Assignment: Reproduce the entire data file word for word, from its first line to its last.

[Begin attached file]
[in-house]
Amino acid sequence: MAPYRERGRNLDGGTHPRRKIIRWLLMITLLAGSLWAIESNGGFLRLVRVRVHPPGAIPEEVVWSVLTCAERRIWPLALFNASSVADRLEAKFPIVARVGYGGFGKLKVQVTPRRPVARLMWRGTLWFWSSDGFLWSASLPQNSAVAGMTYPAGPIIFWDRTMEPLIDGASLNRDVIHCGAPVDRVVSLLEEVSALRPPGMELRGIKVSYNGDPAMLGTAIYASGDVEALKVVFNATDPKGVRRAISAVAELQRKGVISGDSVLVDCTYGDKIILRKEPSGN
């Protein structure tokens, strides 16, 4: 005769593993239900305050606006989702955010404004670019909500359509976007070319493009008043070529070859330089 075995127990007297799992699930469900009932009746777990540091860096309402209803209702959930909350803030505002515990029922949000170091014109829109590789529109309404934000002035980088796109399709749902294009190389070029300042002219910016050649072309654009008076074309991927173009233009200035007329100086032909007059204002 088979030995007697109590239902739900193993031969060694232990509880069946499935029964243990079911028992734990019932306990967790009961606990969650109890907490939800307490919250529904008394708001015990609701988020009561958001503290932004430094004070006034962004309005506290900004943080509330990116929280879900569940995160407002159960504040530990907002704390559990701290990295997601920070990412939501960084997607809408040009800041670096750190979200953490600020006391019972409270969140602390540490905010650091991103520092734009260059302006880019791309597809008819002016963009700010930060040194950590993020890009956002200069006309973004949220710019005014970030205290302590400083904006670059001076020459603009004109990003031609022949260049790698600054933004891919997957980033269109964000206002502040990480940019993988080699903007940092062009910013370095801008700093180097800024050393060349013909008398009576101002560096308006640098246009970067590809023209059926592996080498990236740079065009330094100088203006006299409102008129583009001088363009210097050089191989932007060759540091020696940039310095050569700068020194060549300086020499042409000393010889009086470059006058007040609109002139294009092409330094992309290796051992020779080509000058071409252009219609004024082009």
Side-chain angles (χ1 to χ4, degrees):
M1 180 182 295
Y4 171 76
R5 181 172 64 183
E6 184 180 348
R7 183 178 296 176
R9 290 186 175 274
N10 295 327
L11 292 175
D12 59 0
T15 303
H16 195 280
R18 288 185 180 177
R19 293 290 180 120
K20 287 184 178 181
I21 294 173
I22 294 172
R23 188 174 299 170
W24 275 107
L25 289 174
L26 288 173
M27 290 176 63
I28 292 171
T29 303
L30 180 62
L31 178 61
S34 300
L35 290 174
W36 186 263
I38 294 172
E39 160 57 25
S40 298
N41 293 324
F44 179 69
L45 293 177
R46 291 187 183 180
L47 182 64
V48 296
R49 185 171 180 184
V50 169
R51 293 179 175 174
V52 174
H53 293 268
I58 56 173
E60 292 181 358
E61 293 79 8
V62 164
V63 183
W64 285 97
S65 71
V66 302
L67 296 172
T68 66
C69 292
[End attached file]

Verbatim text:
[in-house]
Amino acid sequence: MAPYRERGRNLDGGTHPRRKIIRWLLMITLLAGSLWAIESNGGFLRLVRVRVHPPGAIPEEVVWSVLTCAERRIWPLALFNASSVADRLEAKFPIVARVGYGGFGKLKVQVTPRRPVARLMWRGTLWFWSSDGFLWSASLPQNSAVAGMTYPAGPIIFWDRTMEPLIDGASLNRDVIHCGAPVDRVVSLLEEVSALRPPGMELRGIKVSYNGDPAMLGTAIYASGDVEALKVVFNATDPKGVRRAISAVAELQRKGVISGDSVLVDCTYGDKIILRKEPSGN
């Protein structure tokens, strides 16, 4: 005769593993239900305050606006989702955010404004670019909500359509976007070319493009008043070529070859330089 075995127990007297799992699930469900009932009746777990540091860096309402209803209702959930909350803030505002515990029922949000170091014109829109590789529109309404934000002035980088796109399709749902294009190389070029300042002219910016050649072309654009008076074309991927173009233009200035007329100086032909007059204002 088979030995007697109590239902739900193993031969060694232990509880069946499935029964243990079911028992734990019932306990967790009961606990969650109890907490939800307490919250529904008394708001015990609701988020009561958001503290932004430094004070006034962004309005506290900004943080509330990116929280879900569940995160407002159960504040530990907002704390559990701290990295997601920070990412939501960084997607809408040009800041670096750190979200953490600020006391019972409270969140602390540490905010650091991103520092734009260059302006880019791309597809008819002016963009700010930060040194950590993020890009956002200069006309973004949220710019005014970030205290302590400083904006670059001076020459603009004109990003031609022949260049790698600054933004891919997957980033269109964000206002502040990480940019993988080699903007940092062009910013370095801008700093180097800024050393060349013909008398009576101002560096308006640098246009970067590809023209059926592996080498990236740079065009330094100088203006006299409102008129583009001088363009210097050089191989932007060759540091020696940039310095050569700068020194060549300086020499042409000393010889009086470059006058007040609109002139294009092409330094992309290796051992020779080509000058071409252009219609004024082009």
Side-chain angles (χ1 to χ4, degrees):
M1 180 182 295
Y4 171 76
R5 181 172 64 183
E6 184 180 348
R7 183 178 296 176
R9 290 186 175 274
N10 295 327
L11 292 175
D12 59 0
T15 303
H16 195 280
R18 288 185 180 177
R19 293 290 180 120
K20 287 184 178 181
I21 294 173
I22 294 172
R23 188 174 299 170
W24 275 107
L25 289 174
L26 288 173
M27 290 176 63
I28 292 171
T29 303
L30 180 62
L31 178 61
S34 300
L35 290 174
W36 186 263
I38 294 172
E39 160 57 25
S40 298
N41 293 324
F44 179 69
L45 293 177
R46 291 187 183 180
L47 182 64
V48 296
R49 185 171 180 184
V50 169
R51 293 179 175 174
V52 174
H53 293 268
I58 56 173
E60 292 181 358
E61 293 79 8
V62 164
V63 183
W64 285 97
S65 71
V66 302
L67 296 172
T68 66
C69 292